In 2011 we launched a campaign to raise £1.5 million to buy a brand new MRI scanner and in 2014 we reached our target. The MRI scanner is now in place, and this phenomenal bit of kit is a vital addition to the radiology department.

What is an MRI scanner?

Magnetic resonance imaging (MRI) is a type of scan that uses strong magnetic fields and radio waves to produce detailed images of the inside of the body.

An MRI scanner is a large tube that contains powerful magnets. You lie inside the tube during the scan.

An MRI scan can be used to examine almost any part of the body, including the:

  • Brain and spinal cord
  • Bones and joints
  • Heart and blood vessels
  • Internal organs, such as the liver, womb or prostate gland

The results of an MRI scan can be used to help diagnose conditions, plan treatments and assess how effective previous treatment has been.

How do they work?

Most of the human body is made up of water molecules, which consist of hydrogen and oxygen atoms. At the centre of each hydrogen atom there is an even smaller particle called a proton. Protons are like tiny magnets and are very sensitive to magnetic fields.

When you lie under the powerful magnet of the MRI scanner, the protons in your body line up in the same direction, in the same way that a magnet can pull the needle of a compass.
Short bursts of radio waves are then sent to certain areas of the body, knocking the protons out of alignment. When the radio waves are turned off, the protons realign and in doing so send out radio signals, which are picked up by receivers.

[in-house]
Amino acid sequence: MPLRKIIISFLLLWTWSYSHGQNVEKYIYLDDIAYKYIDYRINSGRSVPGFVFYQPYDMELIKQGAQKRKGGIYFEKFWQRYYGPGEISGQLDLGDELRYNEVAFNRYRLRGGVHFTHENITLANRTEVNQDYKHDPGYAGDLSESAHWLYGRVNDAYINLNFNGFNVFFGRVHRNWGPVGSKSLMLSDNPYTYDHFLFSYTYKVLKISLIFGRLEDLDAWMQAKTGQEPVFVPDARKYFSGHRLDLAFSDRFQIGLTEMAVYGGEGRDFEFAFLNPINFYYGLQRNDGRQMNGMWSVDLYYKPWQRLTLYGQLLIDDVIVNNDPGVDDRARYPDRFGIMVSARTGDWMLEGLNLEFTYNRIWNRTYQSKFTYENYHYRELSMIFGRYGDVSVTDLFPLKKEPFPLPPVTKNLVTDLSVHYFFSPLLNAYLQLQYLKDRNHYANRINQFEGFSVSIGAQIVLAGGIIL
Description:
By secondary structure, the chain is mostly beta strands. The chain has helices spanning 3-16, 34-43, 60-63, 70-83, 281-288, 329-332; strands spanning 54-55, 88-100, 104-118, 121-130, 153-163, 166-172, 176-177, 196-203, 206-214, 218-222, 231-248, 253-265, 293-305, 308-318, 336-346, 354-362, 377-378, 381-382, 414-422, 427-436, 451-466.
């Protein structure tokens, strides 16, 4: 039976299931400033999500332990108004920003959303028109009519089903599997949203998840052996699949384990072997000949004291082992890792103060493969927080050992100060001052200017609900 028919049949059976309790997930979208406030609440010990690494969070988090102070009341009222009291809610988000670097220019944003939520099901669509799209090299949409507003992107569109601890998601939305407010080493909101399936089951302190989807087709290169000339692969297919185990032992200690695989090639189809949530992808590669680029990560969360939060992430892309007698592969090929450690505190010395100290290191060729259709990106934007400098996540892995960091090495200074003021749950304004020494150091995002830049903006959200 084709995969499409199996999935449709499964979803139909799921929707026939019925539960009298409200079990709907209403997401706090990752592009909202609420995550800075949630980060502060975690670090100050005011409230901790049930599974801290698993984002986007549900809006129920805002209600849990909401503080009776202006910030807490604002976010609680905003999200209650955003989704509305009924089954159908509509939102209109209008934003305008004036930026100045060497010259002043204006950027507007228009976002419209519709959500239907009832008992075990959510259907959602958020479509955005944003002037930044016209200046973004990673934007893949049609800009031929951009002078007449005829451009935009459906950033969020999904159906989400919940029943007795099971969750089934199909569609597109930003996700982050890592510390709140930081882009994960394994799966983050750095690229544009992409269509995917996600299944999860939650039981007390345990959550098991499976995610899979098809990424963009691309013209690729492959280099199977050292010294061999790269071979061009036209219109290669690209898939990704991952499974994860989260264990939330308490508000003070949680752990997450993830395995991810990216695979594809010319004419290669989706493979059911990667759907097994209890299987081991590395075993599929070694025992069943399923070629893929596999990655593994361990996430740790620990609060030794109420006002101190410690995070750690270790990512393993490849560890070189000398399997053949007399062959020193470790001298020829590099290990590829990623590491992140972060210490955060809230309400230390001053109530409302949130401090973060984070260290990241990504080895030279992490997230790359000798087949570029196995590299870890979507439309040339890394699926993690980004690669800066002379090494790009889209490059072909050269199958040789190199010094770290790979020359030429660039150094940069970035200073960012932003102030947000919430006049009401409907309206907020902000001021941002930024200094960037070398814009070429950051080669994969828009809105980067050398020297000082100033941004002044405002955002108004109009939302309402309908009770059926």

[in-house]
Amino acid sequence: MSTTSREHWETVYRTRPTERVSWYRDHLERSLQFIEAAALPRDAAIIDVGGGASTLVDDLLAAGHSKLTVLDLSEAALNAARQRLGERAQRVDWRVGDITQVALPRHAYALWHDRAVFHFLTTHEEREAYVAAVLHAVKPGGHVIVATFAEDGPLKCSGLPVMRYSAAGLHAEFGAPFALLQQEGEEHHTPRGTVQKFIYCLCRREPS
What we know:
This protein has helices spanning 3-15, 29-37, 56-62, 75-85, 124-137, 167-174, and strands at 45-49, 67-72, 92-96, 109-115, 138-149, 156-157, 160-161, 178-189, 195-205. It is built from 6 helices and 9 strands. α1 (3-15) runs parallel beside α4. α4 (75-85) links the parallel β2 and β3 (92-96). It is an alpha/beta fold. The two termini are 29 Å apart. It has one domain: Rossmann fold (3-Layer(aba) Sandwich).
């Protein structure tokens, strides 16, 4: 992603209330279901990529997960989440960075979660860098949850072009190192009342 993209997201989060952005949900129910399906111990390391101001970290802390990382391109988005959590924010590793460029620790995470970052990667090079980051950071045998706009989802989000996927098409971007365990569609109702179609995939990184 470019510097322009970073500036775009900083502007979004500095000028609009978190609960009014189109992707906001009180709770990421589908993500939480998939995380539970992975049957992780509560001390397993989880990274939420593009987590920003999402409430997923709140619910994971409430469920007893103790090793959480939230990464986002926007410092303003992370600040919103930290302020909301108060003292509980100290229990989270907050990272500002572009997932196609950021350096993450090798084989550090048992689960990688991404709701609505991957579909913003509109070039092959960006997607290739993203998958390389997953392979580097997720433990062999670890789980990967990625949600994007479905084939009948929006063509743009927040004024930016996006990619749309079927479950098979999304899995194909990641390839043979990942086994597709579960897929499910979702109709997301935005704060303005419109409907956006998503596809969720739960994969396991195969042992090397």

These signals provide information about the exact location of the protons in the body. They also help to distinguish between the various types of tissue in the body, because the protons in different types of tissue realign at different speeds and produce distinct signals.

In the same way that millions of pixels on a computer screen can create complex pictures, the signals from the millions of protons in the body are combined to create a detailed image of the inside of the body.

What’s so special about this MRI scanner?

This MRI scanner has been engineered with a shorter bore (tunnel) and wider aperture to increase the space around the patient and therefore reduce anxiety. To support this, a series of mirrors and microphones ensure that the patient does not feel alone. In addition there are electrical “hook ups” where the patient’s own media device (such as an IPod) can be connected and played in the scanner during the procedure.

In addition, the new MRI treatment room has been specifically designed to improve patient experience. There is a little more time put aside for each patient to ensure they are comfortable with the scanner and we use a variety of tools to promote engagement with the procedure with help from skilled play therapists.